Authorities say two young men zip-tied an elderly woman to her bed before taking her credit card and other valuables.

Read more:

Meeting notes archive for 2011


  • High School Project - Building Committee Forum 11/17/11 (audio)
  • Election 2011 (Nov 8, 2011) Summary

Note the fiscal year runs from July 1 to June 30th. We are currently in the budget year FY 2012.


Friday, December 30, 2011

Franklin, MA: Inspections and Building Dept

Department's Mission:
All the functions of a Building or Inspection Department can really be summarized as a simple seven (7) part process. While the amount of information is sometimes overwhelming and there are hundreds and hundreds of pieces to our work, the overall process is simply seven (7) steps:

The Department:
1. Receives information (permit applications, plans, specs, complaints, etc.);
2. Reviews the information for compliance with a legal standard (Building, Plumbing, Electrical, Zoning Codes, etc.);
3. Issues approvals or list of corrections (permits, notice of deficiencies, cease & desist orders, etc.);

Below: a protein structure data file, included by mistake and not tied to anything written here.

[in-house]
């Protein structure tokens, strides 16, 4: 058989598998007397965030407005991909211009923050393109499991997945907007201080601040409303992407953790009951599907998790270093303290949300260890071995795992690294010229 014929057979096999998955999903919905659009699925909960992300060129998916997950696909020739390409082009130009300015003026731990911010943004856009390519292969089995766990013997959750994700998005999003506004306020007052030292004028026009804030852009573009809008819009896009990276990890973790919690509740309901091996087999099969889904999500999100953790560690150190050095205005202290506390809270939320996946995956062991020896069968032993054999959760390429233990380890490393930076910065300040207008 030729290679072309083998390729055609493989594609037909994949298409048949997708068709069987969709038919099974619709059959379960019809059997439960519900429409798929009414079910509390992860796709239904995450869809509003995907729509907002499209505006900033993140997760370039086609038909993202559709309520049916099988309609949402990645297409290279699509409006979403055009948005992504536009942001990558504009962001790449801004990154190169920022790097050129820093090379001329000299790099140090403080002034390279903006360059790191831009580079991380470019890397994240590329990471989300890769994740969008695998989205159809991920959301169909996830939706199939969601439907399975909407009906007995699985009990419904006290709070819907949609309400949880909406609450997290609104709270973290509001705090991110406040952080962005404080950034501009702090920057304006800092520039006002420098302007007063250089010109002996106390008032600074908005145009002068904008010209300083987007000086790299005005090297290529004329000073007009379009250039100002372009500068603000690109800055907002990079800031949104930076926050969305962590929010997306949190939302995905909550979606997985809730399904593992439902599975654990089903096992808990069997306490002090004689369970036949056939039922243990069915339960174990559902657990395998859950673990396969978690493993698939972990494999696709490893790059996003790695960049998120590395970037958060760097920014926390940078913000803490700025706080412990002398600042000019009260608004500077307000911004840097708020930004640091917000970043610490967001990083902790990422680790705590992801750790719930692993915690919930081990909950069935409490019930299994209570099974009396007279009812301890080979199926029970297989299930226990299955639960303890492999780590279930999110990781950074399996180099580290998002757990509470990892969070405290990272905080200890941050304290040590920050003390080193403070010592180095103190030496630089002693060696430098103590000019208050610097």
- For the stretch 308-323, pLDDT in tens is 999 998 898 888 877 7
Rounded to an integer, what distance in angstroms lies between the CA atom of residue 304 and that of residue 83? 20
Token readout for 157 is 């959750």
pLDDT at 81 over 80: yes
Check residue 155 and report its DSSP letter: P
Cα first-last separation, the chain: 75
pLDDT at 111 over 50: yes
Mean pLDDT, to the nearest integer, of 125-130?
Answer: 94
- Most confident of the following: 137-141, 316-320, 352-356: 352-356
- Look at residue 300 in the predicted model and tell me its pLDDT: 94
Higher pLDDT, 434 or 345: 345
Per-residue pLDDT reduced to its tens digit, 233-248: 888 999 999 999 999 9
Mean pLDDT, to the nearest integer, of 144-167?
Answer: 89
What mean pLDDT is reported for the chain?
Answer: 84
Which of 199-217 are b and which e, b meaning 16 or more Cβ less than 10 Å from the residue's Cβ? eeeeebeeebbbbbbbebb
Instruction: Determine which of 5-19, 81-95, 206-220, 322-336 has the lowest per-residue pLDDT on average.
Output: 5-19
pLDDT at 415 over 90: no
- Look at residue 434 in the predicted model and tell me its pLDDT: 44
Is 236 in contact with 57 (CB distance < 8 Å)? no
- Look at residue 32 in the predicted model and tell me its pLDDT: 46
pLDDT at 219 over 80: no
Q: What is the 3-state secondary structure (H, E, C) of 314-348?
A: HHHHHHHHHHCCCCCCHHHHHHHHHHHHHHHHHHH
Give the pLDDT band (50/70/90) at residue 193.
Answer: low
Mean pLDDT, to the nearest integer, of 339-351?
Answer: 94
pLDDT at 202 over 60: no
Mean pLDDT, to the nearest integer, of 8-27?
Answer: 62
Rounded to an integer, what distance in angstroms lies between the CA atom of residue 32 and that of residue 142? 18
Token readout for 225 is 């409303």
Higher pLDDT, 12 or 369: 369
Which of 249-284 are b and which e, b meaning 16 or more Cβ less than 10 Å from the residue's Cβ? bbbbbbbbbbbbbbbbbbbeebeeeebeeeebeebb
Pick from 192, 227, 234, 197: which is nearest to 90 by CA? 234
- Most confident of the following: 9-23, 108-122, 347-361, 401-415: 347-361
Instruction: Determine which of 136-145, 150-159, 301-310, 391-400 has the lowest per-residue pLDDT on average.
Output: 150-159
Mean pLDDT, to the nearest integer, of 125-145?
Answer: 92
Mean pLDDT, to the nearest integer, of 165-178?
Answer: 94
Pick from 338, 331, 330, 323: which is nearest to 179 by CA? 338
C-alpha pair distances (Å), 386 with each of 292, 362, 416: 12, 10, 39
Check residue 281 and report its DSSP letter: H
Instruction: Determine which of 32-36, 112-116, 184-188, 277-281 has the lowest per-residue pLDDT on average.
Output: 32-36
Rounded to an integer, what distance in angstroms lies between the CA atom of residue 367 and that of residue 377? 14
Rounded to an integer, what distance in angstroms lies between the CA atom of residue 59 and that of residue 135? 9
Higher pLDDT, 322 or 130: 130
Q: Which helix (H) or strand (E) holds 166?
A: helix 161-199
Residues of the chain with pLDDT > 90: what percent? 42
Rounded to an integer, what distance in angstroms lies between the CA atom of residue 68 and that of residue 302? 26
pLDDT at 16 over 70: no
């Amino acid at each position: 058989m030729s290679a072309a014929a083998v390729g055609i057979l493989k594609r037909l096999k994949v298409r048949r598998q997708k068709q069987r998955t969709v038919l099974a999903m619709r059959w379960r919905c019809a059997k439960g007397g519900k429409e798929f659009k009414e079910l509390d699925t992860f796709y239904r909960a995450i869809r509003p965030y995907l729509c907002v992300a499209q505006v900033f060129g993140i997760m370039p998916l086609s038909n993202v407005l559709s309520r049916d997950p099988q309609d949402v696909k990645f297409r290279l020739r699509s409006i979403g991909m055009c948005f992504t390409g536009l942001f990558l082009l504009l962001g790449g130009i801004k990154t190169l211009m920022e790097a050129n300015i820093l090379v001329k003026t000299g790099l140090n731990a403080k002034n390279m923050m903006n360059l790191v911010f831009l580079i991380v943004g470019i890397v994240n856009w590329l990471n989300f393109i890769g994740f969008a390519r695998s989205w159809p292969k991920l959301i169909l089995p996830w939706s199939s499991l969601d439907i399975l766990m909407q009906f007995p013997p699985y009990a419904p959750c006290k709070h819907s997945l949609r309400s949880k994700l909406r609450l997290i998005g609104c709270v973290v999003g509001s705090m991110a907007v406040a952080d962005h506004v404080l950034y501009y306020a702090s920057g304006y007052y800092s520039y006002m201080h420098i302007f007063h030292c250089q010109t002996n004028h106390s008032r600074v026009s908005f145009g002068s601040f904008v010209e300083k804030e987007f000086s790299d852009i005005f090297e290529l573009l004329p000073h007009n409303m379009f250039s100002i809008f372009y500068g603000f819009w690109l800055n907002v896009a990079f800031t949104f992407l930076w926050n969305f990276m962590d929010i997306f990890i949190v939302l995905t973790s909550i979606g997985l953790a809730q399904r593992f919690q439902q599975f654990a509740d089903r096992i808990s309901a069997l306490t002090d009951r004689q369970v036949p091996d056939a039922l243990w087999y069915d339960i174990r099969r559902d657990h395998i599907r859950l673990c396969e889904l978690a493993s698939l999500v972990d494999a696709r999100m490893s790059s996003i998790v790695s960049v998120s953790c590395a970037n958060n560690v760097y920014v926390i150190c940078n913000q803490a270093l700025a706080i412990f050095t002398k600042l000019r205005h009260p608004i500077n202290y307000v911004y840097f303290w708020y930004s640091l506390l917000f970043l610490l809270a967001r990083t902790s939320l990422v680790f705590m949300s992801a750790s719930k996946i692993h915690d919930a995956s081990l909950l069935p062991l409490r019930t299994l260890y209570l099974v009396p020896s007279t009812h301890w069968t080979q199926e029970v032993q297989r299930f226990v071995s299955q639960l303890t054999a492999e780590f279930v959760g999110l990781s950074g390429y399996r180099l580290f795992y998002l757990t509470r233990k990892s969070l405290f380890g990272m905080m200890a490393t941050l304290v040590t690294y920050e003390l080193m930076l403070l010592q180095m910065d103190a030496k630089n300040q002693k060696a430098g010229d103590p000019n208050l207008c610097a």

4. Inspects in the field for compliance with the approvals;
5. Signs off or issues corrections notices;
6. Stores, and makes available upon request, all of the foregoing as public records, and lastly;
7. Follows the State and Local financial processes for the Department.

Additional information on the work of this department can be found on their page within the Franklin website

Page 129 of the 2011 Franklin Annual Report lists the activity for the prior year (Note the page reference is to the PDF version, Page 124 would be printed version)

Franklin, MA: Cable Advisory Commission

Page 131-133 of the Franklin Annual Report for 2011 covers the Cable Advisory Commission. (Note the page references are to the PDF version, the printed version would be Page 125-127)

Town Council, School Committee and many other committee meetings along with some special events are available via live broadcast or replay via cable. The Commission is also looking into creation of a non-profit entity by which the cable operations would be run instead of by Franklin. Stay tuned for developments in this area.

In the News - out of control

Car hits Franklin restaurant

Thursday, December 29, 2011

Christmas Tree Pickup Schedule

Natural Christmas trees will be picked up curbside the week of January 9th on your normal trash and recycling pick up day. Make sure they are within 3 feet of the curb and out the day before. Artificial trees and/or trees with decorations, tinsel, lights or other ornaments will NOT be picked up.

This was originally posted to the Franklin, MA website

Winter Storm Overnight Parking Ban

Winter Storm Overnight Parking Ban is effective from October 15 to April 15.